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50th Anniversary of First Official UK Gay Pride Rally

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Authored by Nathaniel Andrews
Published on 5th July, 2022 2 min read

50th Anniversary of First Official UK Gay Pride Rally

A poster reading "We Are Nature's Children Too" being held at the Gay Pride March in 1974."We Are Nature's Children Too" - Gay Pride March, (1974)

This month marks fifty years since the first official UK Gay Pride rally, which took place in London on the 1st of July 1972. Now known as the annual ‘London Pride’ parade, this inaugural event was held as close as possible to the third anniversary of the Stonewall Uprising (a wave of protests that had occurred in June 1969, in response to the systemic police harassment of New York’s LGBTQ+ community). Initiated by the UK branch of the Gay Liberation Front (GLF), the first Gay Pride rally in Britain formed an important landmark in the struggle for equality. 

Until 1967, homosexuality among men remained illegal throughout the country, and the Sexual Offences Act introduced that year only permitted ‘homosexual acts’ in private, between men over the age of 21 (in contrast, the age of consent for heterosexual couples was 16). All LGBTQ+ people continued to face abuse, harassment, and discrimination within British society, and they were vilified consistently in the media. On the day of the first UK Gay Pride rally, some 2,000 protestors marched through the capital in an act of defiance, affirming their right to public space. The courage of these demonstrators paved the way for annual Pride events across the country and, today, London Pride alone attracts over a million attendees each year (the turnout at Saturday’s march in London – the first since before the pandemic – is a clear testament to this).

Despite this, there is still a long way to go in the struggle for gay rights and against transphobia. Same-sex marriage has only been legal in the UK since 2014, and this did not mark the end of the struggle for equality. In fact, there has been a considerable rise in hate crimes committed against LGBTQ+ people in Britain over the past several years, especially trans people. At the same time, annual Pride events in the UK have increasingly drawn criticism from activists who reject what they consider to be the commercialisation and co-option of Pride, by both corporate sponsors and government. Instead, there are growing calls for a return to the event’s radical political roots, and an affirmation of Pride as not just a celebration, but a protest, too. In any case, it is more important than ever that both those within and outside the LGBTQ+ community stand together in pursuit of a fairer and more inclusive society.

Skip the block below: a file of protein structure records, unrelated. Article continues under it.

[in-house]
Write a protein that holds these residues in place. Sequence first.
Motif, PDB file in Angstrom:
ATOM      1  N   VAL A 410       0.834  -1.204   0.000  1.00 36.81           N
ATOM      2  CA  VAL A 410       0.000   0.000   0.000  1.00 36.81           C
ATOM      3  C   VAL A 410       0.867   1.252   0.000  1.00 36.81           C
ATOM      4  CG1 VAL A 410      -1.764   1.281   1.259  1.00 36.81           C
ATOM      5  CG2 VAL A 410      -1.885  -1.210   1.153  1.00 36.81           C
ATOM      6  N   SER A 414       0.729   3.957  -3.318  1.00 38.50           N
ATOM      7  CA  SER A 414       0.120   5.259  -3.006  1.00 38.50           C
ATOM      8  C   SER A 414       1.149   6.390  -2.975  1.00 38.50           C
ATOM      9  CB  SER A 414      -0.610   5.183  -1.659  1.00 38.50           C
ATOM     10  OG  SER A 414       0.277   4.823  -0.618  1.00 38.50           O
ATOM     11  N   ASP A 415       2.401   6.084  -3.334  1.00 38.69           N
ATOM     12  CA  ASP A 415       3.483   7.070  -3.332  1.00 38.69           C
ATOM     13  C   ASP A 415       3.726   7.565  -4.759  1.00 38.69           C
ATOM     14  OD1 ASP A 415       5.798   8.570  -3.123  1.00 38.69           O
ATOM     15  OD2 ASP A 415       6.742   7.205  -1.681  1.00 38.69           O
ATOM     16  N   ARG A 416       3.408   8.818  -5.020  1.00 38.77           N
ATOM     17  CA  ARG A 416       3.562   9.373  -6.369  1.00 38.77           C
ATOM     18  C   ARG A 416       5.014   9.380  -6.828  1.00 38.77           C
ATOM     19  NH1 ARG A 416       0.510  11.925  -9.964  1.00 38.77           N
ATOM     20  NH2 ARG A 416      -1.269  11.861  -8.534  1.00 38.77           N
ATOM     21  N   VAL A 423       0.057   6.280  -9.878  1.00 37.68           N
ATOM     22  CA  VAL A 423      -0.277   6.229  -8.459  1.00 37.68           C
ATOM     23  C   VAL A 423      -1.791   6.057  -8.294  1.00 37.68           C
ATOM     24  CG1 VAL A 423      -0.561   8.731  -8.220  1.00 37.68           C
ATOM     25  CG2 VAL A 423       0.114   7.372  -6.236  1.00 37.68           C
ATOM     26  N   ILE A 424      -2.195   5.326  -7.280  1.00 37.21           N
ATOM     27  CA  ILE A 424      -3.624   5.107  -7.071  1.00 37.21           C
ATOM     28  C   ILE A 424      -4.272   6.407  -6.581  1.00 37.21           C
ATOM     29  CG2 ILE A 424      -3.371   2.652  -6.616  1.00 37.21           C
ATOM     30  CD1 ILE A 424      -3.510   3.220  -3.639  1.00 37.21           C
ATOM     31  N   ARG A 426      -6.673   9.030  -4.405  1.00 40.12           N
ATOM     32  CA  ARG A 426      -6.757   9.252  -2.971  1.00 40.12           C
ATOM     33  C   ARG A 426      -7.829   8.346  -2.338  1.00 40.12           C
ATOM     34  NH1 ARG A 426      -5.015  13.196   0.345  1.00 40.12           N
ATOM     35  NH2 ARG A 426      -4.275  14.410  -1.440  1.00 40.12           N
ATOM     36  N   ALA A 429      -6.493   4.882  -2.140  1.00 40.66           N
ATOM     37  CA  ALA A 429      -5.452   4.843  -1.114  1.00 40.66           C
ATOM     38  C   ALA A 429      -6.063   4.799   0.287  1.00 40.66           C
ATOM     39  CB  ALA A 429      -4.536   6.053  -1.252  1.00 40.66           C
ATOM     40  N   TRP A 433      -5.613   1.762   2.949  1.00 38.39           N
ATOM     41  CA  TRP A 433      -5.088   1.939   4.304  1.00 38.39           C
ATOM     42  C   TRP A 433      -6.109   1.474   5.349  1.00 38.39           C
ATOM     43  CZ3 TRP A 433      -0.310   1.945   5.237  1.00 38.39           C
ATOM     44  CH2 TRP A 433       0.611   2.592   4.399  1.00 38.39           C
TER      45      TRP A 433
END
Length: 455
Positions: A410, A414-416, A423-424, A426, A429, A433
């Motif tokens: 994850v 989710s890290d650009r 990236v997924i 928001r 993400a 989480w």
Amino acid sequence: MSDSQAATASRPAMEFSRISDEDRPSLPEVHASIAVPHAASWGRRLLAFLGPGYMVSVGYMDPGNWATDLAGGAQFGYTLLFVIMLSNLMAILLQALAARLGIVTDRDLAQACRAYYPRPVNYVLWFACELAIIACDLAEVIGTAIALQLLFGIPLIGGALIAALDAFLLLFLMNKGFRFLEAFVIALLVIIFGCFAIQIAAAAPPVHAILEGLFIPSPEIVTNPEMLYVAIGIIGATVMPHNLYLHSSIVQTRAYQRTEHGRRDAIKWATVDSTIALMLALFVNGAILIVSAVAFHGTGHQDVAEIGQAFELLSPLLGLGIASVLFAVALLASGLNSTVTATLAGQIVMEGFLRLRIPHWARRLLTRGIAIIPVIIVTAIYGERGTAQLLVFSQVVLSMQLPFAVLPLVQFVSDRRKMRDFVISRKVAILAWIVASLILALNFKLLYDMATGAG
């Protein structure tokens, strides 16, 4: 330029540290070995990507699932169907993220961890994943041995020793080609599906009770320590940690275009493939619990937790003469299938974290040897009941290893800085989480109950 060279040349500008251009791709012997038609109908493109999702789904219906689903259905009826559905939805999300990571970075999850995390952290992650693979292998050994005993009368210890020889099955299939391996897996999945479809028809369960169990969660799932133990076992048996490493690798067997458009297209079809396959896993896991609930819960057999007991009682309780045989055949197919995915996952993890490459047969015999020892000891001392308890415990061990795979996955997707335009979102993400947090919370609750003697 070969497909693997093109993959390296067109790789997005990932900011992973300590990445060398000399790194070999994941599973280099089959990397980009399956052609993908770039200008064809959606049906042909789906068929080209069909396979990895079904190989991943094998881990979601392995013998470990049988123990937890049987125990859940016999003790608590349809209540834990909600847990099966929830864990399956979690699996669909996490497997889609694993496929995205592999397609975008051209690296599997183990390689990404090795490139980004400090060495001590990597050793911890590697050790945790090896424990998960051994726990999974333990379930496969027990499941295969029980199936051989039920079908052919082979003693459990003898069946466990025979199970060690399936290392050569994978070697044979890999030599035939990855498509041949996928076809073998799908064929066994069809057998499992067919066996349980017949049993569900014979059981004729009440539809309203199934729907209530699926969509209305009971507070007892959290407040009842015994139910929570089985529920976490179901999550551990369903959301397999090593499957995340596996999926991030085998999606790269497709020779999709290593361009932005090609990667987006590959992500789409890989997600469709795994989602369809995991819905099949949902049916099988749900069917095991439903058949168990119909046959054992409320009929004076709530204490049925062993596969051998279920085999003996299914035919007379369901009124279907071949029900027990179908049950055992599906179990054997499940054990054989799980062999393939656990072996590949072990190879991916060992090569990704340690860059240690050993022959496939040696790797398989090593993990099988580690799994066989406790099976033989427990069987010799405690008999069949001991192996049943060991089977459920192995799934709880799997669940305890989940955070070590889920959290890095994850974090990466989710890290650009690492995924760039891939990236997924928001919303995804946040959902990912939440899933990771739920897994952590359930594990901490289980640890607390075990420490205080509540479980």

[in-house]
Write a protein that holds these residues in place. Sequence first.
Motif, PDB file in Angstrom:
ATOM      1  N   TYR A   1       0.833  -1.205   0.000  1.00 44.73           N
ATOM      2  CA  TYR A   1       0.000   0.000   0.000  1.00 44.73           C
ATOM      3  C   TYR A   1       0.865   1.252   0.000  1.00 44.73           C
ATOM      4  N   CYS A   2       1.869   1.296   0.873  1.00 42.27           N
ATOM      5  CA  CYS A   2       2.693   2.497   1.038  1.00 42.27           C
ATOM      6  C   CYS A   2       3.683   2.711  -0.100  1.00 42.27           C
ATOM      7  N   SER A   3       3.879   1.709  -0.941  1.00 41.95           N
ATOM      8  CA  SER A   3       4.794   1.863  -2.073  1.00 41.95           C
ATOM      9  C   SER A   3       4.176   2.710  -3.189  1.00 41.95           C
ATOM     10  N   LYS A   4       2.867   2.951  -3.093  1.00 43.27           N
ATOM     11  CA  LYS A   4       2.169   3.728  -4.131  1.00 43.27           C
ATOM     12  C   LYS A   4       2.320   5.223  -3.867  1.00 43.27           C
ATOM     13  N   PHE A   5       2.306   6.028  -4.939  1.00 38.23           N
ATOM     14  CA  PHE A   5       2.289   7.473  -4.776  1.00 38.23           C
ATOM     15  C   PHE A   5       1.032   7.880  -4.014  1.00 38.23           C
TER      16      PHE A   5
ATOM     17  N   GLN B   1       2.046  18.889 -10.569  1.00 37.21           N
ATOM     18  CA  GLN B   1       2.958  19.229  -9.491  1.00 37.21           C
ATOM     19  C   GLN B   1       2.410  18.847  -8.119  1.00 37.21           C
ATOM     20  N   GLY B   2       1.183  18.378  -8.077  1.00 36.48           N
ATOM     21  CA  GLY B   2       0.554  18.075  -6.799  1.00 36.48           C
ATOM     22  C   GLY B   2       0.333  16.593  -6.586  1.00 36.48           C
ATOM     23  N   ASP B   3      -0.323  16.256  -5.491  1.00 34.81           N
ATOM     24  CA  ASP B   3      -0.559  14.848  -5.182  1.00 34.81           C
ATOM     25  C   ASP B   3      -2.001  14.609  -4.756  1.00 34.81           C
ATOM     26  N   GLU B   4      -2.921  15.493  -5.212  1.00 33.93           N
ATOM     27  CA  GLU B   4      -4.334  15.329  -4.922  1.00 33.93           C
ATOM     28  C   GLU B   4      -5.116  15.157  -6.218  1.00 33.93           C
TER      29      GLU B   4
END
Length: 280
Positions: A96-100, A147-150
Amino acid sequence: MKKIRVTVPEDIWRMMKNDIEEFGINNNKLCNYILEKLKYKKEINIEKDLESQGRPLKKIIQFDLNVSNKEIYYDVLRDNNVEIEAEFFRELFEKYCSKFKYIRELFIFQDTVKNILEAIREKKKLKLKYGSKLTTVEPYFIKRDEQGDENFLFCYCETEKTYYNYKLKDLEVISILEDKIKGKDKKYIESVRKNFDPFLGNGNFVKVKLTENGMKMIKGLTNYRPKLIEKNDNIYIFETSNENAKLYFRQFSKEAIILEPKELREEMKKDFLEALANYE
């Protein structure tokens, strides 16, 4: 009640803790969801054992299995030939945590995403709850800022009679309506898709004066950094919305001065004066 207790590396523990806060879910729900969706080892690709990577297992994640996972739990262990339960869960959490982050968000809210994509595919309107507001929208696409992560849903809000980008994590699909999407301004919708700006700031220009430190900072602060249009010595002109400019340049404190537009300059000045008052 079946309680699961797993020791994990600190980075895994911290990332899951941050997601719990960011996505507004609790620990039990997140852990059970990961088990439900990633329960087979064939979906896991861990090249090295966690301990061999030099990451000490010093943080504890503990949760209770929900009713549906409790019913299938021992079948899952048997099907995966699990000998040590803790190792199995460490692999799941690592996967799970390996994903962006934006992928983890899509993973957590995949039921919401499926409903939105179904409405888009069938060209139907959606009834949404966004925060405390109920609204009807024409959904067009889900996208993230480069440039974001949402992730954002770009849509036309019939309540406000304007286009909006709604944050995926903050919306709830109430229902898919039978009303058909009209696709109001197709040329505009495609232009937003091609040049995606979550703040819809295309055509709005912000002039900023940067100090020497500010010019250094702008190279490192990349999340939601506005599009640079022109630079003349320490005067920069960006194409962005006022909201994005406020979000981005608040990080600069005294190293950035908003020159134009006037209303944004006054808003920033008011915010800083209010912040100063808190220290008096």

Authored by Nathaniel Andrews

Nathaniel Andrews

Nathaniel Andrews is Senior Editor at British Online Archives, and a Postdoctoral Fellow at the Leeds Arts and Humanities Research Institute. Between October 2018 and September 2021, he taught in the Schools of History and Languages at the University of Leeds, and between September 2021 and June 2022, he was a Lecturer in Spanish and Latin American Cultural Studies at the University of Manchester. His research centres primarily on the history of anarchism in the Hispanic World and North America, and he has several publications on the Spanish and Argentinian labour movements. He is currently working on his first monograph.

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The British Online Archives Notable Days diary is a platform intended to mark key dates and events throughout the year. The posts draw attention to historical events and figures, as well as recurring cultural traditions and international awareness days, in both religious and secular contexts.

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